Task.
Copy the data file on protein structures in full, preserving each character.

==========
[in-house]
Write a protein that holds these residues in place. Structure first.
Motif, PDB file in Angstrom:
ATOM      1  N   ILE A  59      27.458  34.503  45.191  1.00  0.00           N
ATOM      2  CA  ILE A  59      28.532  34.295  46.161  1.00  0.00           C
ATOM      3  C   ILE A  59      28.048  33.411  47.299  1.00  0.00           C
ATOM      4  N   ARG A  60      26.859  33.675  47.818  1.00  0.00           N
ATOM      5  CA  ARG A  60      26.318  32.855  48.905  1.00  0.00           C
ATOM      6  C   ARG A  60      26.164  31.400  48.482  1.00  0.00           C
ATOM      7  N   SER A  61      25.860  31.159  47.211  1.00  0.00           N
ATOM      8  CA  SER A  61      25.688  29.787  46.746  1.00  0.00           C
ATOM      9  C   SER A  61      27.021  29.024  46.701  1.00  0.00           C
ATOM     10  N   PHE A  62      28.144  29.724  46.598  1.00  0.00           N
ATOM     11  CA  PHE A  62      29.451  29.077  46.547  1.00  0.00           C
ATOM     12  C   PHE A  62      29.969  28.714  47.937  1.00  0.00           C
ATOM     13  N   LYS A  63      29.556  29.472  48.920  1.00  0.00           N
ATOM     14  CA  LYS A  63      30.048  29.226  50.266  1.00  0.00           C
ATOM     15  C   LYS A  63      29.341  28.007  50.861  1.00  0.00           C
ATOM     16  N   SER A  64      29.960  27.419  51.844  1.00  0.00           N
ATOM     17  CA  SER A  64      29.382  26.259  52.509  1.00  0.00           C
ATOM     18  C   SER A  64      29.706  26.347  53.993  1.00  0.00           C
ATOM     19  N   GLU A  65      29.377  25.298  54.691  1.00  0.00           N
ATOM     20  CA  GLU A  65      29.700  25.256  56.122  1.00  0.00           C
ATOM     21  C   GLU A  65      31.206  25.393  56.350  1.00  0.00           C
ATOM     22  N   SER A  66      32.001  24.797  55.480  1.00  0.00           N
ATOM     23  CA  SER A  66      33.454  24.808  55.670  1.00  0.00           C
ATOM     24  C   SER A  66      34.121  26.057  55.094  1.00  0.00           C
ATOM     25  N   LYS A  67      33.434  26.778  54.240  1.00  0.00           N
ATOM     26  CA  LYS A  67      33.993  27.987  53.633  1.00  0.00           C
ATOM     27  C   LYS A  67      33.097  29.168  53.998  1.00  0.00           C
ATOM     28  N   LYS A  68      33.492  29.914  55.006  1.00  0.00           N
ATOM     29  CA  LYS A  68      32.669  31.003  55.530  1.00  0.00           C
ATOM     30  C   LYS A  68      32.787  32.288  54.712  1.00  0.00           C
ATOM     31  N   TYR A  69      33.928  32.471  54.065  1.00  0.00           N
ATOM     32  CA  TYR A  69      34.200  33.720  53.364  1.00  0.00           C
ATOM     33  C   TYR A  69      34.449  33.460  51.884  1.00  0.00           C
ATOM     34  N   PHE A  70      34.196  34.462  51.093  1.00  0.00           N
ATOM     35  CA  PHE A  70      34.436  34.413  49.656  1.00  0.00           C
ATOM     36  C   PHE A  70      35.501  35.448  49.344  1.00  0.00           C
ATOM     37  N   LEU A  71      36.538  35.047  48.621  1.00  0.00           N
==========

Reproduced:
[in-house]
Write a protein that holds these residues in place. Structure first.
Motif, PDB file in Angstrom:
ATOM      1  N   ILE A  59      27.458  34.503  45.191  1.00  0.00           N
ATOM      2  CA  ILE A  59      28.532  34.295  46.161  1.00  0.00           C
ATOM      3  C   ILE A  59      28.048  33.411  47.299  1.00  0.00           C
ATOM      4  N   ARG A  60      26.859  33.675  47.818  1.00  0.00           N
ATOM      5  CA  ARG A  60      26.318  32.855  48.905  1.00  0.00           C
ATOM      6  C   ARG A  60      26.164  31.400  48.482  1.00  0.00           C
ATOM      7  N   SER A  61      25.860  31.159  47.211  1.00  0.00           N
ATOM      8  CA  SER A  61      25.688  29.787  46.746  1.00  0.00           C
ATOM      9  C   SER A  61      27.021  29.024  46.701  1.00  0.00           C
ATOM     10  N   PHE A  62      28.144  29.724  46.598  1.00  0.00           N
ATOM     11  CA  PHE A  62      29.451  29.077  46.547  1.00  0.00           C
ATOM     12  C   PHE A  62      29.969  28.714  47.937  1.00  0.00           C
ATOM     13  N   LYS A  63      29.556  29.472  48.920  1.00  0.00           N
ATOM     14  CA  LYS A  63      30.048  29.226  50.266  1.00  0.00           C
ATOM     15  C   LYS A  63      29.341  28.007  50.861  1.00  0.00           C
ATOM     16  N   SER A  64      29.960  27.419  51.844  1.00  0.00           N
ATOM     17  CA  SER A  64      29.382  26.259  52.509  1.00  0.00           C
ATOM     18  C   SER A  64      29.706  26.347  53.993  1.00  0.00           C
ATOM     19  N   GLU A  65      29.377  25.298  54.691  1.00  0.00           N
ATOM     20  CA  GLU A  65      29.700  25.256  56.122  1.00  0.00           C
ATOM     21  C   GLU A  65      31.206  25.393  56.350  1.00  0.00           C
ATOM     22  N   SER A  66      32.001  24.797  55.480  1.00  0.00           N
ATOM     23  CA  SER A  66      33.454  24.808  55.670  1.00  0.00           C
ATOM     24  C   SER A  66      34.121  26.057  55.094  1.00  0.00           C
ATOM     25  N   LYS A  67      33.434  26.778  54.240  1.00  0.00           N
ATOM     26  CA  LYS A  67      33.993  27.987  53.633  1.00  0.00           C
ATOM     27  C   LYS A  67      33.097  29.168  53.998  1.00  0.00           C
ATOM     28  N   LYS A  68      33.492  29.914  55.006  1.00  0.00           N
ATOM     29  CA  LYS A  68      32.669  31.003  55.530  1.00  0.00           C
ATOM     30  C   LYS A  68      32.787  32.288  54.712  1.00  0.00           C
ATOM     31  N   TYR A  69      33.928  32.471  54.065  1.00  0.00           N
ATOM     32  CA  TYR A  69      34.200  33.720  53.364  1.00  0.00           C
ATOM     33  C   TYR A  69      34.449  33.460  51.884  1.00  0.00           C
ATOM     34  N   PHE A  70      34.196  34.462  51.093  1.00  0.00           N
ATOM     35  CA  PHE A  70      34.436  34.413  49.656  1.00  0.00           C
ATOM     36  C   PHE A  70      35.501  35.448  49.344  1.00  0.00           C
ATOM     37  N   LEU A  71      36.538  35.047  48.621  1.00  0.00           N